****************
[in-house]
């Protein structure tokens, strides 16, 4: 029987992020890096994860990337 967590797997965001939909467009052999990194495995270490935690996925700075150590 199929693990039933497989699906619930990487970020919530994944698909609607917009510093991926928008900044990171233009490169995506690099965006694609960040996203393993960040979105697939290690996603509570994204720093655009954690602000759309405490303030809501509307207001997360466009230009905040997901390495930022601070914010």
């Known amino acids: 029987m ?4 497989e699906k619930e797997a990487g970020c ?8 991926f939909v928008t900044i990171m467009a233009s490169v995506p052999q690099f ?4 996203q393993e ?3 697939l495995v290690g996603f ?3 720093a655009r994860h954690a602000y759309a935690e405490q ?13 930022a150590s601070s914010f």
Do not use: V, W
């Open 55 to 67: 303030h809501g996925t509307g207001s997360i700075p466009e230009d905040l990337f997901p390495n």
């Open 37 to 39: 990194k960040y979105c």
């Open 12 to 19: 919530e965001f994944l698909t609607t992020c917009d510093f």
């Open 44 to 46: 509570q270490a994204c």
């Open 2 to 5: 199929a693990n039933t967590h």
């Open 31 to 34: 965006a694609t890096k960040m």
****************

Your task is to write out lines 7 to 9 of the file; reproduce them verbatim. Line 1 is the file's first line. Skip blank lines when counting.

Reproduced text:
């Open 12 to 19: 919530e965001f994944l698909t609607t992020c917009d510093f």
């Open 44 to 46: 509570q270490a994204c």
């Open 2 to 5: 199929a693990n039933t967590h």